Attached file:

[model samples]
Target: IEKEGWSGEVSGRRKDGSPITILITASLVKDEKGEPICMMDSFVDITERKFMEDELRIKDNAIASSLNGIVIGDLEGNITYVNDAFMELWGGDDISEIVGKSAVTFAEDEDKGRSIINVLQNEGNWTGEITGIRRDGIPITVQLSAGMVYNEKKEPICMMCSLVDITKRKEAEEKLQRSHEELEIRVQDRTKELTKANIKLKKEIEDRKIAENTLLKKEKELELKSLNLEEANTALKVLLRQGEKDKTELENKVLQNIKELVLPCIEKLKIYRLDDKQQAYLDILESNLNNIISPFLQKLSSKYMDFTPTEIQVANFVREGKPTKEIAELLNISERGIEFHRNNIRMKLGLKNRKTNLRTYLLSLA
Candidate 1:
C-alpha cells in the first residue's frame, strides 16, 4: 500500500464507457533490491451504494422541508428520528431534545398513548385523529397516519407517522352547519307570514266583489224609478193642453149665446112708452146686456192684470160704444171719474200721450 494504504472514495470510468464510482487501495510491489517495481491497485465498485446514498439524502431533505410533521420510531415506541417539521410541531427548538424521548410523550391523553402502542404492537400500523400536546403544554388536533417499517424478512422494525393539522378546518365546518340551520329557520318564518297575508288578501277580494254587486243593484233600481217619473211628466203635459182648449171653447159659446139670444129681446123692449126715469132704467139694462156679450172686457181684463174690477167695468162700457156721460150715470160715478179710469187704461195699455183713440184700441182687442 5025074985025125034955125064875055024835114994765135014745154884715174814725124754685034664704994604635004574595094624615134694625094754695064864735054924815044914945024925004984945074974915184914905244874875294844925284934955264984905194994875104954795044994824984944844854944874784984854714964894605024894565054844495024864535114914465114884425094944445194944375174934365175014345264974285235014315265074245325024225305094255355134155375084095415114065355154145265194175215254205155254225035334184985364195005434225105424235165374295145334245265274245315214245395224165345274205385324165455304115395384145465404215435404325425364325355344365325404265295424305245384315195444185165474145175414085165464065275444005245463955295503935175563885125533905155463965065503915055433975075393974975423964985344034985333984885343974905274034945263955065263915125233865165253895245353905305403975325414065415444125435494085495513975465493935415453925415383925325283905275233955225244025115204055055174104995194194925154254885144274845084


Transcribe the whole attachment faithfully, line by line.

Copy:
[model samples]
Target: IEKEGWSGEVSGRRKDGSPITILITASLVKDEKGEPICMMDSFVDITERKFMEDELRIKDNAIASSLNGIVIGDLEGNITYVNDAFMELWGGDDISEIVGKSAVTFAEDEDKGRSIINVLQNEGNWTGEITGIRRDGIPITVQLSAGMVYNEKKEPICMMCSLVDITKRKEAEEKLQRSHEELEIRVQDRTKELTKANIKLKKEIEDRKIAENTLLKKEKELELKSLNLEEANTALKVLLRQGEKDKTELENKVLQNIKELVLPCIEKLKIYRLDDKQQAYLDILESNLNNIISPFLQKLSSKYMDFTPTEIQVANFVREGKPTKEIAELLNISERGIEFHRNNIRMKLGLKNRKTNLRTYLLSLA
Candidate 1:
C-alpha cells in the first residue's frame, strides 16, 4: 500500500464507457533490491451504494422541508428520528431534545398513548385523529397516519407517522352547519307570514266583489224609478193642453149665446112708452146686456192684470160704444171719474200721450 494504504472514495470510468464510482487501495510491489517495481491497485465498485446514498439524502431533505410533521420510531415506541417539521410541531427548538424521548410523550391523553402502542404492537400500523400536546403544554388536533417499517424478512422494525393539522378546518365546518340551520329557520318564518297575508288578501277580494254587486243593484233600481217619473211628466203635459182648449171653447159659446139670444129681446123692449126715469132704467139694462156679450172686457181684463174690477167695468162700457156721460150715470160715478179710469187704461195699455183713440184700441182687442 5025074985025125034955125064875055024835114994765135014745154884715174814725124754685034664704994604635004574595094624615134694625094754695064864735054924815044914945024925004984945074974915184914905244874875294844925284934955264984905194994875104954795044994824984944844854944874784984854714964894605024894565054844495024864535114914465114884425094944445194944375174934365175014345264974285235014315265074245325024225305094255355134155375084095415114065355154145265194175215254205155254225035334184985364195005434225105424235165374295145334245265274245315214245395224165345274205385324165455304115395384145465404215435404325425364325355344365325404265295424305245384315195444185165474145175414085165464065275444005245463955295503935175563885125533905155463965065503915055433975075393974975423964985344034985333984885343974905274034945263955065263915125233865165253895245353905305403975325414065415444125435494085495513975465493935415453925415383925325283905275233955225244025115204055055174104995194194925154254885144274845084